CONCORD, N.H. — Sen. Tim Scott got into a tense exchange with a 79-year-old retired schoolteacher Friday during a campaign stop, focused on his resistance to criticizing former President Donald Trump.
Scott was making his way through the Windmill Restaurant, a small diner, when customer David Coffey called him over to the booth where he was eating and confronted the South Carolina senator with a question about Trump.
“You don’t stand up to Trump, how are you going to stand up to the president of Russia and China?” Coffey asked.
As Scott tried to talk around the question and Coffey pushed back, Scott said, “Do you want to have a conversation? Or do you want a monologue? I’m happy to listen, but if you want to have a dialogue, I’ll be speaking as well.”
Scott rejected Coffey’s characterization that he is unwilling to stand up to Trump. “The premise of the question is why don’t you stand up to Trump, you’re just wrong that I don’t,” Scott said. “I was one of the few people that actually stood up against those major issues whether it was Charlottesville or other major challenges he had. I’m the guy that stood up and talked about the disagreements that we had.”
At the Republican debate on Wednesday night, Scott was one of six candidates on stage who raised their hand when asked if they would support Trump in the general election should he win the GOP nomination and is also convicted of crimes. Trump faces numerous criminal charges across four indictments this year.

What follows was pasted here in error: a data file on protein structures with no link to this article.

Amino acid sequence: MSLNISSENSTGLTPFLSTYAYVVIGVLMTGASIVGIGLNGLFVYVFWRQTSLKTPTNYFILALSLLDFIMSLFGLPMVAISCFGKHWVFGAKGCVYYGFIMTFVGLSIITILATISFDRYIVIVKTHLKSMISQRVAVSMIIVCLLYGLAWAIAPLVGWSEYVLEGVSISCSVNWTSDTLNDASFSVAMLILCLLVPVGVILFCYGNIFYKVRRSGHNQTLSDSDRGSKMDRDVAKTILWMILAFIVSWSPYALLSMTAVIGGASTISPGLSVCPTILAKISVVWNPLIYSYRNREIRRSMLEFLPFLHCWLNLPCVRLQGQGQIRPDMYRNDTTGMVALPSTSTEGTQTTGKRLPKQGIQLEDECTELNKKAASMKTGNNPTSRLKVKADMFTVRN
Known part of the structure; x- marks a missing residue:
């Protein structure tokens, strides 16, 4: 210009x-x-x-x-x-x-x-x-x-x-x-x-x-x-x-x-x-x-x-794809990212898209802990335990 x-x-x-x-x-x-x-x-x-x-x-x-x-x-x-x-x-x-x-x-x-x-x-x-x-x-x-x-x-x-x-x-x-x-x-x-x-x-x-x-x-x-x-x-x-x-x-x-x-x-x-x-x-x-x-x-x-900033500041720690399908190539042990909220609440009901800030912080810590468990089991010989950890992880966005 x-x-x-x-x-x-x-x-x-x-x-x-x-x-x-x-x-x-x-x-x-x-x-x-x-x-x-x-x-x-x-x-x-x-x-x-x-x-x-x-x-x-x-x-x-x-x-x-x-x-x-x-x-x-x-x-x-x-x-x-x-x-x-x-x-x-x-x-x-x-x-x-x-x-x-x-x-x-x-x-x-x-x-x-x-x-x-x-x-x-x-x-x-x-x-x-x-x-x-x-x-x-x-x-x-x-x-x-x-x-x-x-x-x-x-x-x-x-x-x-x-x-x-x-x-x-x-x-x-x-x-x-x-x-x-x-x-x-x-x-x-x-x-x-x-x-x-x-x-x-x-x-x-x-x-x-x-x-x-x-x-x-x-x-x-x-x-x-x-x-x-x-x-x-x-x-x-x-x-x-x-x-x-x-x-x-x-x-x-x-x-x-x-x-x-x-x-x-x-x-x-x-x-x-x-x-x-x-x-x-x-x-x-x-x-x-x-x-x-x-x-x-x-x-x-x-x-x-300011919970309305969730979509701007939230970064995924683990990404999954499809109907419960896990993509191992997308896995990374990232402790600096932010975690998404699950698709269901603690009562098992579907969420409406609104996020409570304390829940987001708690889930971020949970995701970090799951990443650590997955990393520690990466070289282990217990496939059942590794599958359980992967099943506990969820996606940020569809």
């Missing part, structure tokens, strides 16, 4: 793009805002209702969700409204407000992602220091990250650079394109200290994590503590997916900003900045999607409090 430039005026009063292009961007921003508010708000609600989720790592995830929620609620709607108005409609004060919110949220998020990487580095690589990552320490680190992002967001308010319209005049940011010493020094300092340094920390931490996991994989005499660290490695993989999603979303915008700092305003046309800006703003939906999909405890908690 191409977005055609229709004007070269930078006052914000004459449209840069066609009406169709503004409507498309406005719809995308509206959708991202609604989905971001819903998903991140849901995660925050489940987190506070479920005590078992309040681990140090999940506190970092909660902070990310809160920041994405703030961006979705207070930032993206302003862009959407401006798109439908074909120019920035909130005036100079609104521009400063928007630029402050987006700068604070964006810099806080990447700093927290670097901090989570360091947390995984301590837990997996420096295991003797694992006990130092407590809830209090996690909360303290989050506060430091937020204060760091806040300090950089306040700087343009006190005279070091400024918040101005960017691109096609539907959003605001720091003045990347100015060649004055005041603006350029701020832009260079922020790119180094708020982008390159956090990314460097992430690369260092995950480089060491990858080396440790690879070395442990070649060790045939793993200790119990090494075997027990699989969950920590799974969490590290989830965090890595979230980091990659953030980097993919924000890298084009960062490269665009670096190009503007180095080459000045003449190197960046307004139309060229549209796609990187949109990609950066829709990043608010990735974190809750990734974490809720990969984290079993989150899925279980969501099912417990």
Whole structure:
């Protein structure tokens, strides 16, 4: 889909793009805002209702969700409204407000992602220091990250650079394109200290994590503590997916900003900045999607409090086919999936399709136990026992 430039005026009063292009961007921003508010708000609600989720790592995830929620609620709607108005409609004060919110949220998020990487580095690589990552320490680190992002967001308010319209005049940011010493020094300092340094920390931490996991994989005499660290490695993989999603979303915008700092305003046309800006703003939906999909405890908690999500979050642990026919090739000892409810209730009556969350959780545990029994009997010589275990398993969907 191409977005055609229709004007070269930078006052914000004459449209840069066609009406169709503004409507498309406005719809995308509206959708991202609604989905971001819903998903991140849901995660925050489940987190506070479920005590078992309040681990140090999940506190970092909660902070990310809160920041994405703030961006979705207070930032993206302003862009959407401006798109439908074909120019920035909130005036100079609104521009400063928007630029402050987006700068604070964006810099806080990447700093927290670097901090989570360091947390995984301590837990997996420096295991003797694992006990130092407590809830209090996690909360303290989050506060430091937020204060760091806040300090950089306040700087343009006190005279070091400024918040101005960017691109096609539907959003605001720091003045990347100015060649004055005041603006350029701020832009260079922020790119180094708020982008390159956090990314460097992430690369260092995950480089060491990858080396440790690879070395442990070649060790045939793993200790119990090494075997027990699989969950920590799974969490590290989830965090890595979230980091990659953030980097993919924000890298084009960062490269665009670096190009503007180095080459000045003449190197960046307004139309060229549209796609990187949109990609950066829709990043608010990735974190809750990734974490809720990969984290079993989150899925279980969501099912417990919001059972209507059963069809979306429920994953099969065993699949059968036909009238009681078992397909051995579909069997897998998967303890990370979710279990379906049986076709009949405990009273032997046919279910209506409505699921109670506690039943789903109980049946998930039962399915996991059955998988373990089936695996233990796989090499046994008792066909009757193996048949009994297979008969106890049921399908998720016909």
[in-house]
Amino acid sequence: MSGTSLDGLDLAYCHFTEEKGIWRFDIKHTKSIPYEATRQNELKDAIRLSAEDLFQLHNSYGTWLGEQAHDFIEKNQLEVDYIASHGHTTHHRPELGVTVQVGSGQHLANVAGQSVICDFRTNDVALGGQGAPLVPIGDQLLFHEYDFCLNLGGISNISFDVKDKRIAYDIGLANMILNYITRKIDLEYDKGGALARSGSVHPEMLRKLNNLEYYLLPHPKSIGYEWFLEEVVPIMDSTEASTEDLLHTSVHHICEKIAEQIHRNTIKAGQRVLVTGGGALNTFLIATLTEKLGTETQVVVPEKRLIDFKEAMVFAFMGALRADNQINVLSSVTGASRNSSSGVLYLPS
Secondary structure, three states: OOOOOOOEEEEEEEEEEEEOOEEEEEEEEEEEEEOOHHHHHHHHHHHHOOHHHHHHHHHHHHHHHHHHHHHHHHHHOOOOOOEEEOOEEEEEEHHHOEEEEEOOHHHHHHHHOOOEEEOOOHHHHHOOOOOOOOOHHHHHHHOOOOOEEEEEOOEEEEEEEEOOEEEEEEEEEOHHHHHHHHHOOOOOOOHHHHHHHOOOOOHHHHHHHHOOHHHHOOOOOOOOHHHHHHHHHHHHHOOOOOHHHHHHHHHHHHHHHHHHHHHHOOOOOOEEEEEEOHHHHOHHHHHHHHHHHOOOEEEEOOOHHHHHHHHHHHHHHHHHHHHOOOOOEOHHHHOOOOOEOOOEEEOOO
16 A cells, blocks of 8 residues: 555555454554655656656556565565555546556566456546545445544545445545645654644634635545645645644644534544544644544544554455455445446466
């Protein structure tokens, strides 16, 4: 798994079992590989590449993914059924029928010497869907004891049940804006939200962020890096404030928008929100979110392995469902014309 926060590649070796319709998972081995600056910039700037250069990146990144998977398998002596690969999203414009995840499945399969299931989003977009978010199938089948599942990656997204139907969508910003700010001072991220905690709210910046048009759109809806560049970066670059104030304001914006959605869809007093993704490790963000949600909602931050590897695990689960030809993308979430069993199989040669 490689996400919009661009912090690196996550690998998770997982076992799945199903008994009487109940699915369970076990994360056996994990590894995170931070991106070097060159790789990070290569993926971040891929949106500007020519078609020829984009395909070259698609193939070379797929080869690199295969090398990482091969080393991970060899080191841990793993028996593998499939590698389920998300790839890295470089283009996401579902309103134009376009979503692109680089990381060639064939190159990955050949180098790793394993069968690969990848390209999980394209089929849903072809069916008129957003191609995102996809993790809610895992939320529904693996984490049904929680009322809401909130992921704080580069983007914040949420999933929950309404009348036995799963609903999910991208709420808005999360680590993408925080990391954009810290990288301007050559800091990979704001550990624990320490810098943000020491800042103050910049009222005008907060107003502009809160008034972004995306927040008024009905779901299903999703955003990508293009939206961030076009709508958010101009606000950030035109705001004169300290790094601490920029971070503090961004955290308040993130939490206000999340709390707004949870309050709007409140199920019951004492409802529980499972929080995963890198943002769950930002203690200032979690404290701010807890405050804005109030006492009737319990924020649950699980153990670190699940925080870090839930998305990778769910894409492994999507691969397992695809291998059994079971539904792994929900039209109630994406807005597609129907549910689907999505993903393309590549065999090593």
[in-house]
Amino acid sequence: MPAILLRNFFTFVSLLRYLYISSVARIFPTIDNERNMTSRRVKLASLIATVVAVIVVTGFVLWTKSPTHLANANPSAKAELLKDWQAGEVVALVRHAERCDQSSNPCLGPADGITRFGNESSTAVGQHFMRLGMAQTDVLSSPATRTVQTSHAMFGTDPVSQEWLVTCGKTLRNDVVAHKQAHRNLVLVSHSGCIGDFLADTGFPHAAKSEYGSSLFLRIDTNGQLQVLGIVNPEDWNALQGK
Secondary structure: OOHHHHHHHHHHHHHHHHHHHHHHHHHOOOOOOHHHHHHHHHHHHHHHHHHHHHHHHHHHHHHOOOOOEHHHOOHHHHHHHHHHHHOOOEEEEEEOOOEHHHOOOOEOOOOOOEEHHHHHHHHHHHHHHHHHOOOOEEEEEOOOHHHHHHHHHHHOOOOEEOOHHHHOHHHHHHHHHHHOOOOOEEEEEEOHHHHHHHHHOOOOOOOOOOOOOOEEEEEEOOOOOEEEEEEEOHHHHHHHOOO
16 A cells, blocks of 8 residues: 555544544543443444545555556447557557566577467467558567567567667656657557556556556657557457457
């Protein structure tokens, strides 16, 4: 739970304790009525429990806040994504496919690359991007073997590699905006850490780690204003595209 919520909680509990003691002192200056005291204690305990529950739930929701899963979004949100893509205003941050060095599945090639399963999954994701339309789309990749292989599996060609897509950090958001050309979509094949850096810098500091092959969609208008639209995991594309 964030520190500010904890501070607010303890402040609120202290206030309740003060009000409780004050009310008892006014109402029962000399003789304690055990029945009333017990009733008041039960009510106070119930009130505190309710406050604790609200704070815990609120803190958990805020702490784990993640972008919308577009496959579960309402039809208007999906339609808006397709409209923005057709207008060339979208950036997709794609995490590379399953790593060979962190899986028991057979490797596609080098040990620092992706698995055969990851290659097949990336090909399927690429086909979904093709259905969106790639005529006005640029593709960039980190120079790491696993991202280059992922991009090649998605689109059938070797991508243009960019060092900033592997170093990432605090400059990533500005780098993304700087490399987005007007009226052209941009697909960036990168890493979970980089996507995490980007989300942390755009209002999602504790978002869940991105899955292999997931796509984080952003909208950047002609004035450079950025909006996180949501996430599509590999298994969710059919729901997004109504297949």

Coffey later called Scott out for not condemning Trump’s actions on Jan. 6. “The president on Jan. 6 wanted to destroy our country, do you agree with that or not?” Coffey asked.
“I do not,” Scott answered, later adding, “I believe that the people who were responsible for threatening my life were the people who were outside the chambers forcing their way into the Capitol.”
“Your leader, your leader of this country did nothing to help you out for two hours,” Coffey shot back.
In an interview with reporters after his back-and-forth with Scott, Coffey appeared dissatisfied with Scott’s responses to his questions.
“He’s a politician. Right? He avoids direct questions, because he doesn’t want to lose a lot of Republican voters by saying what Christie is saying and some of the others are saying,” he said.
The interaction provided another glimpse into how Scott and other candidates are reacting to tough questioning, particularly about Trump.
Throughout his campaign, Scott has been hesitant to directly criticize the former president over his legal troubles, his actions on Jan. 6 or his repeated claims that the 2020 election was stolen, often instead deflecting to highlight what he refers to as the weaponization of the justice system.
Coffey says that hesitancy fails to take into account the voice of voters who are ready to move on from Trump.
“The bottom line is that a lot of people like me, they’re sitting here saying, 'I don’t want that person as president,'” Coffey said.